• Artificial food colors. These have been shown to lead to allergies, asthma, and hyperactivity; they are possible carcinogens.
  • MSG better known as “monosodium glutamate”. Common allergic and behavioral reactions include headaches, dizziness, chest pains, depression, and mood swings; it is also a possible neurotoxin.
  • High fructose corn syrup or “corn sugar”. These may lead to obesity, dental cavities, diabetes, and hypo glycemia as well as to increased triglycerides (blood fats) or candida (yeast).
  • Preservatives such as BHA, BHT, EDTA, THBQ and others. These may cause allergic reactions, hyperactivity, and possibly cancer; BHT may be toxic to the nervous system and the liver.

Week 23 Action Step:

Do your own “Pantry Purge” and check out the labels of the stuff you already have on hand. How much of it contains the above ingredients? What can these food items be replaced by? Tell us in the comments below.

Chewing your food 100 times…seriously? – Week 22 of 52 Weeks of Wellness

Continuing our journey down the digestive tract, here are a few more tips to assist with digestion. One of my downfalls is that I’m a fast eater. Remember, our stomach doesn’t have teeth so you need to chew thoroughly. The old rule that your grandparents or parents may have instilled to chew 100 times before you swallow is EXTREMELY important to assimilating nutrients. A few more rules of proper digestion is to not read or watch television while you eat. Focus on your food and the amazing wealth of nutrients it is providing (assuming it is!) and enjoy.

One of the reasons I LOVE my Vitamix is that it breaks the foods down for me to release the nutrients to ensure I am receiving everything that I can. If you are not juicing today or making smoothies, I encourage you to try it. Check out my video (can be viewed here) for this super simple starter smoothie.

To assist with proper digestion:

• Eat raw vegetables with every meal preferably organic
• Consider juicing or green smoothies
• Relax, eat slowly, chew well and appreciate your food.
• Consider using a digestive enzyme
• 6-8 glasses of purified water daily (flush toxins)
• Consuming a little lemon juice or apple cider vinegar may help
• Pineapple and papaya are rich in digestive enzymes.
• Consider a fast, juicing or elimination diet.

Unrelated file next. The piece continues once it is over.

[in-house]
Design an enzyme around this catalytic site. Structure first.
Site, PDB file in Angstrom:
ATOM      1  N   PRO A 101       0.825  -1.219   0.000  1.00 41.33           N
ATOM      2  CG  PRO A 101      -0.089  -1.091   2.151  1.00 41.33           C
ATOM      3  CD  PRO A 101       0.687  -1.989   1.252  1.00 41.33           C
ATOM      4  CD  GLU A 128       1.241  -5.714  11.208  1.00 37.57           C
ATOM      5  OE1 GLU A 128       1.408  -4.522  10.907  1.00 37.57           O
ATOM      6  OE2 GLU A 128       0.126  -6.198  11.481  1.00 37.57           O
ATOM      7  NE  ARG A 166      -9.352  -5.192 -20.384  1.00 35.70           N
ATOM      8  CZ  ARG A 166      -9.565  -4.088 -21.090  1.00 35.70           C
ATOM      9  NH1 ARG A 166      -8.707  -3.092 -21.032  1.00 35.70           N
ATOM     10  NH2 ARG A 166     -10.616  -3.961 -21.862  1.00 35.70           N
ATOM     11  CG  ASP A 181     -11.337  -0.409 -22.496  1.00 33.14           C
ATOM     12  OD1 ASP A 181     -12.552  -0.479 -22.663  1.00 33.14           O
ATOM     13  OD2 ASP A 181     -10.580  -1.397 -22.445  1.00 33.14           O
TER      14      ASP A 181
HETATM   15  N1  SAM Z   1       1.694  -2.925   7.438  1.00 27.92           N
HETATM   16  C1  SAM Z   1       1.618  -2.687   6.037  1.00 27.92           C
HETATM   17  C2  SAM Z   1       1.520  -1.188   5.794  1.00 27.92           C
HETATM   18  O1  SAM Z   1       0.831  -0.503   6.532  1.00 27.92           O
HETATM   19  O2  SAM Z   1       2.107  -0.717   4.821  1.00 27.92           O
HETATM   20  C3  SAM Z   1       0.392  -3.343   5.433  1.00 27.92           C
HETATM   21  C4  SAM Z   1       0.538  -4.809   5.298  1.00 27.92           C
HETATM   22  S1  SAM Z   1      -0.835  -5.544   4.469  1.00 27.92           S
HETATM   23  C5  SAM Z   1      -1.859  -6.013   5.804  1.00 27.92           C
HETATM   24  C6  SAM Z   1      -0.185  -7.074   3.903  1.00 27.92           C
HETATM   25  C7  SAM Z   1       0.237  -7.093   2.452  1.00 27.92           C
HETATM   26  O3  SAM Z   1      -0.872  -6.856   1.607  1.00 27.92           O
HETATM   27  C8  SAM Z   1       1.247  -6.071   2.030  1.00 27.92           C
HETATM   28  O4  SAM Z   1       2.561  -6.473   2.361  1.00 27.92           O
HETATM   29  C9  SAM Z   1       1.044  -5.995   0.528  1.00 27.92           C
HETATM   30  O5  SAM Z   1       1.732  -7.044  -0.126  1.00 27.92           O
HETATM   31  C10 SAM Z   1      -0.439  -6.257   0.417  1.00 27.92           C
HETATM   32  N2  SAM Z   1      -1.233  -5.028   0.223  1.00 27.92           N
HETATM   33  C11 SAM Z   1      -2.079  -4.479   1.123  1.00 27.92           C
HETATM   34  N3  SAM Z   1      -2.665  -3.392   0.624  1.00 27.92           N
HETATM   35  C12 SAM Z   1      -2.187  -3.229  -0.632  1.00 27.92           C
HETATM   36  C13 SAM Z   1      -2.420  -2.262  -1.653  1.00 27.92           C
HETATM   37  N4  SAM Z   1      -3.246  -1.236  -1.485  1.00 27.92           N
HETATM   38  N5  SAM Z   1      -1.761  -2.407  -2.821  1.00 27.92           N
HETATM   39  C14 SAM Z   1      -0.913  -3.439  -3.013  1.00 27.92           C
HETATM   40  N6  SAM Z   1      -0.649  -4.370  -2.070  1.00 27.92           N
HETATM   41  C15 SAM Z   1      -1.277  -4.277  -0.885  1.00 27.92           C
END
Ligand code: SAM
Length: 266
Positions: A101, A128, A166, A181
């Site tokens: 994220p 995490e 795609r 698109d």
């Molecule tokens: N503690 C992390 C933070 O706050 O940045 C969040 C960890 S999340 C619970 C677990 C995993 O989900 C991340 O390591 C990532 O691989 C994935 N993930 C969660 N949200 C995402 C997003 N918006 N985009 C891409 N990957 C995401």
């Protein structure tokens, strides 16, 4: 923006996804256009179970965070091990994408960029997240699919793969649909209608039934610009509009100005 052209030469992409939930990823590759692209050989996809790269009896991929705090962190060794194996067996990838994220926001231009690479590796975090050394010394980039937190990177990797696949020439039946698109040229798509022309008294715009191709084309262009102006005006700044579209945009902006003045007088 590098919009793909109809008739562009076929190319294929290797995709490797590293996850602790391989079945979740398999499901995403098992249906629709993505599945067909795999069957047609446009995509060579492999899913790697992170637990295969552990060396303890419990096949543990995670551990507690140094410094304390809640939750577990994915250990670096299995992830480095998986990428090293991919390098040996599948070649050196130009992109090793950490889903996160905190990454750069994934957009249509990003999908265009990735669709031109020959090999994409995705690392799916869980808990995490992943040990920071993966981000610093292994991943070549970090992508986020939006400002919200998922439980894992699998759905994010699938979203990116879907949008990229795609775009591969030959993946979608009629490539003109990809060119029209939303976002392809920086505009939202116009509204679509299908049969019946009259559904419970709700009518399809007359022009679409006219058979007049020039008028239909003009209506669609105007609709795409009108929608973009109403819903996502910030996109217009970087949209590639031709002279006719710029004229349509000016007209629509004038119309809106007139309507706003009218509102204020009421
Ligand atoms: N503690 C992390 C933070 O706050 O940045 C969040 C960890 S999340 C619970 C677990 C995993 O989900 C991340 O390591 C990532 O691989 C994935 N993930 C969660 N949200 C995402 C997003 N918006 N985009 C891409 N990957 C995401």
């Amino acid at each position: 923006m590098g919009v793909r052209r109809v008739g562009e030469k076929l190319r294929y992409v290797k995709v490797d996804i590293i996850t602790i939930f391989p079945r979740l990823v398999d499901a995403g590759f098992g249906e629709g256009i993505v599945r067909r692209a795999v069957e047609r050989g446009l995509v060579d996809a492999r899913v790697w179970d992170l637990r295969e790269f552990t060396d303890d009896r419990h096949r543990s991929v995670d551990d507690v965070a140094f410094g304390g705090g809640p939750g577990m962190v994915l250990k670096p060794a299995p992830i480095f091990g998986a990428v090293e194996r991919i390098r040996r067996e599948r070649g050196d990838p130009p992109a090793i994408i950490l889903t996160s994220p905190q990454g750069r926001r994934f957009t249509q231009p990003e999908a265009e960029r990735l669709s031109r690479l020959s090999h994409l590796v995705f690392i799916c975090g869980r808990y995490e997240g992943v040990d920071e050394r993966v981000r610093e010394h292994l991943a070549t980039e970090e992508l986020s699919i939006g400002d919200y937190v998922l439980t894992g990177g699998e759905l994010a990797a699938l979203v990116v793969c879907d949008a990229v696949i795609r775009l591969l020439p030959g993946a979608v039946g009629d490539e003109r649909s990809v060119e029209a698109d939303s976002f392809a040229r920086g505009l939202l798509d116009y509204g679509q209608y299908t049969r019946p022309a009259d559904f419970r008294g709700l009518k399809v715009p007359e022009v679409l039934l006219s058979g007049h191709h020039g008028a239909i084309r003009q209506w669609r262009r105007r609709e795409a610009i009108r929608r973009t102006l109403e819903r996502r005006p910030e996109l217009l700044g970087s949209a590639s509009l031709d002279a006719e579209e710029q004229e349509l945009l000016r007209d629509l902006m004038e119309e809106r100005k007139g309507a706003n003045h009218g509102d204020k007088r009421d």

• Consider liver, colon or gallbladder cleanses.
• Teas of the following can be beneficial: peppermint, ginger, anise, fennel, and chamomile.
• Take a plant-based digestive enzyme specific to your needs. Urinalysis Testing can help you determine which specific enzyme you need to best support your body. We provide healthcare professional grade products (vegan and gluten-free) which are much more powerful and usually safer than conventional retail products.

P.S. Hidden food allergies or sensitivities can trigger issues that often snowball so please, please stop masking and ignoring the body’s cries for help. Common problem foods are dairy, wheat, corn, eggs, preservatives and additives. Symptoms vary from person to person ranging from minor stomach discomfort, skin problems, etc. to more severe bloating, vomiting, constipation or diarrhea.

Let me know what changes you made this week. Are you taking time to chew your food? Or did you make a green or fruit smoothie? Tell us in the comments below!

Week 22 Action Step:

Reduce digestive stress by slowing down to chew your food (yes, 100 times), by putting real thought in to what you are preparing and serving and by avoiding problematic foods. Easing the digestive stress is as simple as taking it one suggestion at a time and implementing one thing at a time. Just start now and continue to make those positive changes.

The KISS Rule for Digestion – Week 21 of 52 Weeks of Wellness


Now that we know how the digestive system works and the importance of removing additives, preservatives, sugar, fats that the body can’t or will struggle to digest, here are a few Keep It SIMPLE Sweetie (not a fan of the other S word) tips to improve digestion and reduce symptoms connected with poor digestion.

How to reduce or eliminate digestive issues:

  • Avoid processed, instant, sugar-laden, chemical-laden, hydrogenated/trans fats, “lifeless” foods